With a dozen private hospitals already operating in the country, Kuwait has a thriving private health care sector. The role of private investors in health care is likely to grow over the coming years as the government looks to harness the capital and expertise of international players in particular. The sector is also being driven by the government’s target of 22 hospital beds per 10,000 people by 2030, alongside developing specialist care to meet the changing needs of the country’s growing population.
Kuwait Direct Investment Promotion Agency identifies two particular areas of potential for private investors, “lifestyle clinics” and speciality hospitals. It defines lifestyle clinics as centres dedicated to addressing lifestyle-related illnesses such as diabetes and obesity, which are on the rise, and sees particular potential for the development of speciality hospitals focusing on conditions for which many Kuwaitis travel abroad for treatment.
Rashed Fadala, the chairman and CEO of Taiba Hospital, the country’s first medical organisation to acquire Joint Commission International Accreditation, told OBG that encouraging the private sector to grow would be the best way to meet heightened demand for hospital beds. However, he added that more could be done to promote private investment. “The number of beds is increasing out of necessity – but if the private sector was truly allowed to flourish, then there would be no shortage,” he said.
A number of areas in which private investors can participate in health care were highlighted in a 2016 report released by professional services company EY titled “Health care and life sciences in the GCC”. These are primary care services, specialised centres of excellence, home health care services and long-term and post-acute care rehabilitation. EY also sees potential in biotech and medical disposables manufacturing. Home care and telehealth – use of ICT to enable diagnosis and treatment over long distances – could be expanded in remote areas of Kuwait. The global home care market is expected to be worth some $228bn in 2016, according to EY, yet the segment is not well-developed in the region. The relatively wealthy and technologically-connected Kuwaiti population, and the growing number of older people, suggests there is sizeable potential in this area.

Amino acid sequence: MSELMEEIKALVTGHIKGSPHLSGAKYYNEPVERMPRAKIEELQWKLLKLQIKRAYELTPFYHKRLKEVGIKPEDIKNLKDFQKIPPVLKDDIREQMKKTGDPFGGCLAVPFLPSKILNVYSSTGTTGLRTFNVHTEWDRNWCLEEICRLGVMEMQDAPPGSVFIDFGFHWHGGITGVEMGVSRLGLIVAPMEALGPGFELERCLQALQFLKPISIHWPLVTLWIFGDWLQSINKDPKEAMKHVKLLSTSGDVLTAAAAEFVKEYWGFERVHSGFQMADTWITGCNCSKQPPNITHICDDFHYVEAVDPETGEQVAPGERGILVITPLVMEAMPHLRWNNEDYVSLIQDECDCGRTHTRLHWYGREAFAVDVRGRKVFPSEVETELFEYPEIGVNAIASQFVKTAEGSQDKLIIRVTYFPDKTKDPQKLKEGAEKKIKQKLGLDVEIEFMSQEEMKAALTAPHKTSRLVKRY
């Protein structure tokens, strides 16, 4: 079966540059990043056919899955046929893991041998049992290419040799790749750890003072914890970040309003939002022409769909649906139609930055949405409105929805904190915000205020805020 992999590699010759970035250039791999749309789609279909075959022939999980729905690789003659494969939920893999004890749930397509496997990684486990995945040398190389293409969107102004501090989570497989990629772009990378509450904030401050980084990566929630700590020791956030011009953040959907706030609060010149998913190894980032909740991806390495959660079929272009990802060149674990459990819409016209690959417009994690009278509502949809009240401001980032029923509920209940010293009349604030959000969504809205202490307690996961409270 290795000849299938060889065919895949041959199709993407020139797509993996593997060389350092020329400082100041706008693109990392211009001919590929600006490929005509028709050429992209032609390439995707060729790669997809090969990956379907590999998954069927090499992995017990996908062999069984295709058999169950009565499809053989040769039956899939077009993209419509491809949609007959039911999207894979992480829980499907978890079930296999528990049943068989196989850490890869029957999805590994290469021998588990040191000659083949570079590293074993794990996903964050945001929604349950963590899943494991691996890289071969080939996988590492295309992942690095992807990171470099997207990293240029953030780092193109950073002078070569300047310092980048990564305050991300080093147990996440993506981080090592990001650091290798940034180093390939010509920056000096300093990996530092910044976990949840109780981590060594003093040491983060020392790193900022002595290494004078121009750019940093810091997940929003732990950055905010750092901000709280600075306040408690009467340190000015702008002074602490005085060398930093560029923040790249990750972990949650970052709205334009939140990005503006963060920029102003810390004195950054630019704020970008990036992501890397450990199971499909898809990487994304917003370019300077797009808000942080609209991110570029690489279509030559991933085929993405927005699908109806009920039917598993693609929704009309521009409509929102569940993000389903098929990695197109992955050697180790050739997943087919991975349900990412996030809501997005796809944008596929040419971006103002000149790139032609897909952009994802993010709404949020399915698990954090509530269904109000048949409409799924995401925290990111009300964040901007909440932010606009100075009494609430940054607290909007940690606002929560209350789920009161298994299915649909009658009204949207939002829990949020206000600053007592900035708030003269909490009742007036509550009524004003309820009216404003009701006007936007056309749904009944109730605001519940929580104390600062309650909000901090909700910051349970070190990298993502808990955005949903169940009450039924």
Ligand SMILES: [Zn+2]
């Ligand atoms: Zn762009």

Private involvement in health provision need not be limited to separate, privately-owned hospitals and clinics. Kuwait’s evolving model of public-private partnerships (PPPs) allows for private investors to become involved in the financing and management of public sector services. A new PPP law that came into force in 2015 improved the regulatory framework for partnerships. Press reports in late 2015 suggested the government was considering the transfer of management of some public hospitals to the private sector, through PPPs.
In December 2015 private equity firm Al Masah Capital announced plans to invest $300m in Kuwait and its GCC neighbours through the Avivo Group, its health care arm. It highlighted the potential from Kuwait’s infrastructure investment programme and PPPs, saying that it was coordinating its development plans with the Kuwait Development Plan 2015-20, with the aim of supporting the latter to meet rising demand for health care and to boost innovation.
A 2015 report by the National Bank of Kuwait (NBK) highlighted advantages of the new PPP system, including the potential for private partners to “introduce economic efficiencies and facilitate the adoption of new technologies and know-how”. These are important factors in the Kuwaiti health system, which has historically lagged behind other countries in the region on ICT uptake and management processes. As the NBK pointed out, persistently low oil prices throughout 2015 and in early 2016 have lowered state revenues (see Energy chapter), making bringing in private investment even more of a priority.
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